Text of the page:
Giving Back

The Edwards Interfaith Chapel

Look up at the Edwards Interfaith Chapel and CommunityCenter from Route 6, and you will see an imposing façade with a huge central window, which recalls traditional church architecture, flanked by two more large expanses of glass. Not merely esthetic elements, these illuminate the entire building, making the restorative and stimulating beauty of the Eagle Valley part and
parcel of its interior. No need for stained glass here – just invite the outside in. This transparency reflects the Chapel’s organic relationship with its community and its determination to serve its changing needs.

The Chapel opened its doors in 2010, joining the Vail and Beaver Creek Interfaith Chapels in “providing spiritual nurture, worship and community service to residents and visitors of the
Vail Valley.” Forty years ago when the Vail Chapel began implementing that mission, Vail was not very far from its origins as an upstart ski town full of young people who had come to revel in
the powder and share the excitement of this new venture in the Rockies. Today, Vail and Beaver Creek are mature resorts. Edwards, which forty years ago was barely a gleam in a developer’s
eye, has grown exponentially. It is a diverse family community with a growing component of retirees and a significant Hispanic population.

The multi-denominational religious and spiritual Eagle Valley Religious Foundation manages the Chapel. Its goal is to “express the best religious tenets of tolerance and mutual respect present
in all our faith traditions and encourage even greater cooperation and affinity between our faiths, while inviting other faith traditions to join us.” The Episcopal Church of the Transfiguration, B’nai Vail, Covenant Presbyterian, Mount of the Holy Cross Lutheran,
and Christ Church Anglican are the founding members. Other congregations include Iglesia Apostolica and Rios de Agua Viva Living Waters, making the Edwards Chapel the only one of the
Valley’s three interfaith chapels to include two Spanish-language Congregations.

The denominations share their resources to support a state-of-the-art facility, making it a true community center. Every Sunday, the Chapel’s Great Room is the home for seven services. And,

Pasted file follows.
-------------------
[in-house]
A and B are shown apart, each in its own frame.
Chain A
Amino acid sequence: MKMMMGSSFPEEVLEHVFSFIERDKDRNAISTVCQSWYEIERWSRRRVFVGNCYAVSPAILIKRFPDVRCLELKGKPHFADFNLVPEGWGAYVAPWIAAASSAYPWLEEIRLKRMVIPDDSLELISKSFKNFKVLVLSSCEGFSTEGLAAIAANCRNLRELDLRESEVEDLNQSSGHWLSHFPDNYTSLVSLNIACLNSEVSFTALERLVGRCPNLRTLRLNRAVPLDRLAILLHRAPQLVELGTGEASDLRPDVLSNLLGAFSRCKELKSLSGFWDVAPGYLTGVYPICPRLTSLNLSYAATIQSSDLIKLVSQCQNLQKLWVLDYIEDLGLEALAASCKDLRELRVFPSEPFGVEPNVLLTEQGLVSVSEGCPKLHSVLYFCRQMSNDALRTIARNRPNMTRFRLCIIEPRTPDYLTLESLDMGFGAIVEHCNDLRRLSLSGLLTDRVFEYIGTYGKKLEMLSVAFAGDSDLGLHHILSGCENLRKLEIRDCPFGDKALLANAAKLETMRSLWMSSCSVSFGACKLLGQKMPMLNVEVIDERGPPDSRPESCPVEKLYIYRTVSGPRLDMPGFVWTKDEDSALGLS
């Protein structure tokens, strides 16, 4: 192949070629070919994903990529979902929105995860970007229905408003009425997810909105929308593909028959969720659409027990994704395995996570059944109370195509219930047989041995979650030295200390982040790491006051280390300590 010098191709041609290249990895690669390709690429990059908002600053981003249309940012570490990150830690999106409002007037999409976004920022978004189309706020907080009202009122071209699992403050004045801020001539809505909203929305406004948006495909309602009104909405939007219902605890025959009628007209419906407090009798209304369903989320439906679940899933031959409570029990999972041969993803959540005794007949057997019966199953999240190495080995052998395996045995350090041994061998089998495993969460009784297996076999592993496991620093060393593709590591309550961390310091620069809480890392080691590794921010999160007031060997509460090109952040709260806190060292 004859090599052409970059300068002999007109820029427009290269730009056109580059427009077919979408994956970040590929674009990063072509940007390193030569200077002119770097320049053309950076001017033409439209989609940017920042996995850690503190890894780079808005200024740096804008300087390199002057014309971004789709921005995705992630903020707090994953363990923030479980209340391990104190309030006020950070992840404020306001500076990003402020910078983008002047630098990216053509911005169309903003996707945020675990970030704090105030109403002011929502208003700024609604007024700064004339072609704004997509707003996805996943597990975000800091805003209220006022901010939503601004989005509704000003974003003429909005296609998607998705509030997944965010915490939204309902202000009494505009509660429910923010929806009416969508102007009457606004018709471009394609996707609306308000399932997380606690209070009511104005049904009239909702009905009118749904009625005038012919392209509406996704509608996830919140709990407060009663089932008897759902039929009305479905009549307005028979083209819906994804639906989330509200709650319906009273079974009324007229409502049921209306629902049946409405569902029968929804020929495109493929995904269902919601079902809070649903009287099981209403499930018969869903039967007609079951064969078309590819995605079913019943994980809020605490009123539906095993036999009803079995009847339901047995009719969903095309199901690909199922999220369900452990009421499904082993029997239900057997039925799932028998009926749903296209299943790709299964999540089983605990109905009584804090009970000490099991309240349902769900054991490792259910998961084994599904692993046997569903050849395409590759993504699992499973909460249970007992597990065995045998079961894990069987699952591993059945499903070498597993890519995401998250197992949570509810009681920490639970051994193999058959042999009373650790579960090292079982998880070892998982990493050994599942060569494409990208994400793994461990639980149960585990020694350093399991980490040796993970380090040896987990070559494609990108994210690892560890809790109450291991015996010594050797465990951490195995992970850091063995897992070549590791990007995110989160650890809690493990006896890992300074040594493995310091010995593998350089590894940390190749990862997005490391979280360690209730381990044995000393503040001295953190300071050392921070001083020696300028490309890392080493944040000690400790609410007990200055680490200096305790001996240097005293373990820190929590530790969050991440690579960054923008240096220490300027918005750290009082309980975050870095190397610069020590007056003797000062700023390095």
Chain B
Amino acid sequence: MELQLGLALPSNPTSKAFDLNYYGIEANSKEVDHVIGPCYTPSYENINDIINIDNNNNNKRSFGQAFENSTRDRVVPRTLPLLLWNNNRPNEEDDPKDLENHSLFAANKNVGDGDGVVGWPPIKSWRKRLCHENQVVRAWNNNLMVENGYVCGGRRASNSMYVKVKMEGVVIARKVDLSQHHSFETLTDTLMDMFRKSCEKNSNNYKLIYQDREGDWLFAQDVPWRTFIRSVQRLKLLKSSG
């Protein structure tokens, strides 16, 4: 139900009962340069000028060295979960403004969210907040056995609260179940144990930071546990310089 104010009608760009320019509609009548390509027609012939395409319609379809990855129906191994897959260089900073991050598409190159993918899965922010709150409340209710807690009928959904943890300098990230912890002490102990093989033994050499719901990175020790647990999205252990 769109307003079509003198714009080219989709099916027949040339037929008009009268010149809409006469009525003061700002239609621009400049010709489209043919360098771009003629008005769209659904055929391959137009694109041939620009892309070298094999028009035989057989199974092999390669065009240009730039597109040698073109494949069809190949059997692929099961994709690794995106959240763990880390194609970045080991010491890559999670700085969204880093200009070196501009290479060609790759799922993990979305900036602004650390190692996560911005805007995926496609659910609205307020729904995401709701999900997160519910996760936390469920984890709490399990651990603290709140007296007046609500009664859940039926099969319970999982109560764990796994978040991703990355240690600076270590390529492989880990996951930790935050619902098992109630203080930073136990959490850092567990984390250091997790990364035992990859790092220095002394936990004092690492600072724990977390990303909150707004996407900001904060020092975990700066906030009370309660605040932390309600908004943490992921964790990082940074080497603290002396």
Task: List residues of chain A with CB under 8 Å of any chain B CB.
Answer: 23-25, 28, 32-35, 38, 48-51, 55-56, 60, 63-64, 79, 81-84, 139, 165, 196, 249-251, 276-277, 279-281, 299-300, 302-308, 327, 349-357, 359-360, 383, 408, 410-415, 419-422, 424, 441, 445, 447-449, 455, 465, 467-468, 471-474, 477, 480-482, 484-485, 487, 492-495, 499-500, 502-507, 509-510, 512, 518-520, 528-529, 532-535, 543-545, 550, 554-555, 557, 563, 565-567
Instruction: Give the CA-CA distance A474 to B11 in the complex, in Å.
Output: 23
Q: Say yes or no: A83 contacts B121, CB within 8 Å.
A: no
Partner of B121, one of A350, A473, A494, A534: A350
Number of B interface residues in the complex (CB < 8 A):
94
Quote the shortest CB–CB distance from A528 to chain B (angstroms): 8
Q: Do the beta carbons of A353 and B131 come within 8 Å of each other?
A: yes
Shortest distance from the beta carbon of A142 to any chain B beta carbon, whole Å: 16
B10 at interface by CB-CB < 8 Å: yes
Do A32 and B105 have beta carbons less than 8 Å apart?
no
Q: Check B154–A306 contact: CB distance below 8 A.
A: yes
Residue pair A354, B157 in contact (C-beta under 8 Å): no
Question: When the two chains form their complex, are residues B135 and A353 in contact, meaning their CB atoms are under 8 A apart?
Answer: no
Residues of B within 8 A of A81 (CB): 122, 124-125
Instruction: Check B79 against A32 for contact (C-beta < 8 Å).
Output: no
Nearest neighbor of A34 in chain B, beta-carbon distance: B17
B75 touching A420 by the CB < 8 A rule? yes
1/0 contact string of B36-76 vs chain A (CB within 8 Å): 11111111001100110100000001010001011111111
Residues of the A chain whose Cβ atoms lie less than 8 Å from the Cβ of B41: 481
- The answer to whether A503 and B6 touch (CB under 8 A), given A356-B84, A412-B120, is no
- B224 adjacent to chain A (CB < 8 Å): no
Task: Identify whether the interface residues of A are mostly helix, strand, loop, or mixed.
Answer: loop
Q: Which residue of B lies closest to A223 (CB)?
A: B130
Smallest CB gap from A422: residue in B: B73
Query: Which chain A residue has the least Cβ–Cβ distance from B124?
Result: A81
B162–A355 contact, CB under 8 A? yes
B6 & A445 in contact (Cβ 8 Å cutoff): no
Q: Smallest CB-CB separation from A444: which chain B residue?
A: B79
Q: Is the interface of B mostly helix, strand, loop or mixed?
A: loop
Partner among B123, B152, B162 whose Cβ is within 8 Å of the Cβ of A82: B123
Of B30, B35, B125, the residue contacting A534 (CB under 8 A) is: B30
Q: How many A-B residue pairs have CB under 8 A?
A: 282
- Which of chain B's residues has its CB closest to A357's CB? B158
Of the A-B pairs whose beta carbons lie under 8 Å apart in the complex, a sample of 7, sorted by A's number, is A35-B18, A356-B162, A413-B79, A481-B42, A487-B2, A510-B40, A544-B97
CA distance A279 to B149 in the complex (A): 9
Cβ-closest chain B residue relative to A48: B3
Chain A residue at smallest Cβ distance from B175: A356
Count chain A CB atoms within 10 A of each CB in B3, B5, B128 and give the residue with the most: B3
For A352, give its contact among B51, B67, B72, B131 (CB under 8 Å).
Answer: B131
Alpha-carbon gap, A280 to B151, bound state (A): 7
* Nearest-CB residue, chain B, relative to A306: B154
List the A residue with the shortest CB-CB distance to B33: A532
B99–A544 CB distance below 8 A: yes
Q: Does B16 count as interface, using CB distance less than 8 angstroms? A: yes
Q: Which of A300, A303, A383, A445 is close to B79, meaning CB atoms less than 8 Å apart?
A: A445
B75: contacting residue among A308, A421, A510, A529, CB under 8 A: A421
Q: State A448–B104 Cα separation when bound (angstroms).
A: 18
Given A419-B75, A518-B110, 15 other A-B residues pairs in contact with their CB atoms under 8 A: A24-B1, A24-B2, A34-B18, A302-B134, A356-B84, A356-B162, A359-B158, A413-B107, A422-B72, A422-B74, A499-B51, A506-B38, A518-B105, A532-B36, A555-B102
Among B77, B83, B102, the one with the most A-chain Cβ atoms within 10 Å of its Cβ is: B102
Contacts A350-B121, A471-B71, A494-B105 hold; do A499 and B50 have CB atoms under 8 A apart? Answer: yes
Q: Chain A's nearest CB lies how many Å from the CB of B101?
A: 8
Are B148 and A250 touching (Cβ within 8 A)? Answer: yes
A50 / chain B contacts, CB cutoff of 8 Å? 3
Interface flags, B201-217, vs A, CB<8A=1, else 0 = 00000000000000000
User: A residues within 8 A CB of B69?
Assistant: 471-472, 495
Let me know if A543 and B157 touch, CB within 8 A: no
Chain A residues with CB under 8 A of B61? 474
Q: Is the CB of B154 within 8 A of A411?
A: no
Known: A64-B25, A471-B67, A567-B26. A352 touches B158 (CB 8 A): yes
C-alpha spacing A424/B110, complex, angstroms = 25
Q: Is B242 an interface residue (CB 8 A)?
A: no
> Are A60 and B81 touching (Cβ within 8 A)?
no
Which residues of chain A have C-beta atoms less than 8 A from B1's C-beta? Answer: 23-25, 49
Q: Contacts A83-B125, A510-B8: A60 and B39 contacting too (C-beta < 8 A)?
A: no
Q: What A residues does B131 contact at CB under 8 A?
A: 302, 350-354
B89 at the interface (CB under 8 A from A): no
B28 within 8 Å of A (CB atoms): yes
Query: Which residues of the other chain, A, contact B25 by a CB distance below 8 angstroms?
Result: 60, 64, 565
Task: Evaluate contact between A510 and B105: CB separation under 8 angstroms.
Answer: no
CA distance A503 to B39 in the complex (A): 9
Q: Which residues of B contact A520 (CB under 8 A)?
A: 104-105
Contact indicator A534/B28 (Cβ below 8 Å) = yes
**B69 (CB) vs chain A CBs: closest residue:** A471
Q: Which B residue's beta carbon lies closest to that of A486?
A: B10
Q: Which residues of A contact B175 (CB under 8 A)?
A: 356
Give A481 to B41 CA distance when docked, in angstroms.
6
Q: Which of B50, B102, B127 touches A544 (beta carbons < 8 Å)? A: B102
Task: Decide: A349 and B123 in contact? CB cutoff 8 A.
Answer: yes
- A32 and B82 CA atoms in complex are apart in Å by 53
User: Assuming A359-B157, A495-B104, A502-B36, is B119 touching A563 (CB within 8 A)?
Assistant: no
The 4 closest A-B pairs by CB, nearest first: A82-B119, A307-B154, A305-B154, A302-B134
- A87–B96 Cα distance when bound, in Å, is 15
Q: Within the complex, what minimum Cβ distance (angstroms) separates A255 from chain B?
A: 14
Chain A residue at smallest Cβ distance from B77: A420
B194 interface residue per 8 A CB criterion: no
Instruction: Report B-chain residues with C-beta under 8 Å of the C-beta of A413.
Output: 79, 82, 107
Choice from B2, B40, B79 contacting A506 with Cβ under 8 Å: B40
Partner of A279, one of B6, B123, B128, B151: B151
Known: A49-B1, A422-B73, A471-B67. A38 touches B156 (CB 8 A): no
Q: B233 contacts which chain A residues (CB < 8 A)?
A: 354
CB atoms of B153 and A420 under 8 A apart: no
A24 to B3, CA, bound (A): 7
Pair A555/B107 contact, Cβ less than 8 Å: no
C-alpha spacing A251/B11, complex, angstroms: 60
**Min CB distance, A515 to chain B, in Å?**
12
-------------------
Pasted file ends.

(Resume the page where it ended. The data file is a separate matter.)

once a week the congregations take turns providing a free community supper, which also brings in churches that are not part of the Chapel structure.

And that is just the beginning. “I am happiest when every part of the building is being used,” says Jill Chalfant, the Foundation’s executive director. On any given day, she explains, class-
rooms can be full of students from Stone Creek Charter School, and the Great Room and commercial kitchen can be buzzing with preparations for an event. Board meetings or quiet gatherings of groups such as Grief Recovery Method can be taking place in the upper level library and lounge, with their natural light and soothing colors. Classrooms used by school children during the day become venues for adult classes at night. Community organizations, too numerous to list, use the Foundation’s beautifully designed and welcoming facilities.

The Great Room, with a capacity of 375, is the heart of the building. Its state-of-the art audio-visual equipment makes it a perfect space for large meetings, and a live feed to the adjoining Atrium allows it to expand capacity. During the summer, the room’s exceptional acoustics are perfect for Bravo!Vail community concerts. And, of course, there are wedding receptions,
bar and bat mitzvahs and quinceaneras, not to mention the BoyScouts’ Banquet and high school mixers.

Having read this, you probably think of the Edwards Chapel and Community Center as a finished building. Not so. Plans on the drawing board include a dedicated chapel space, a playground complex for children of all ages and a columbarium. As residents increasingly live out their lives in the Eagle Valley, this will provide a beautifully landscaped final resting place, with memorial benches where family and friends can sit and reflect in the glorious natural setting which originally brought their loved ones to the valley.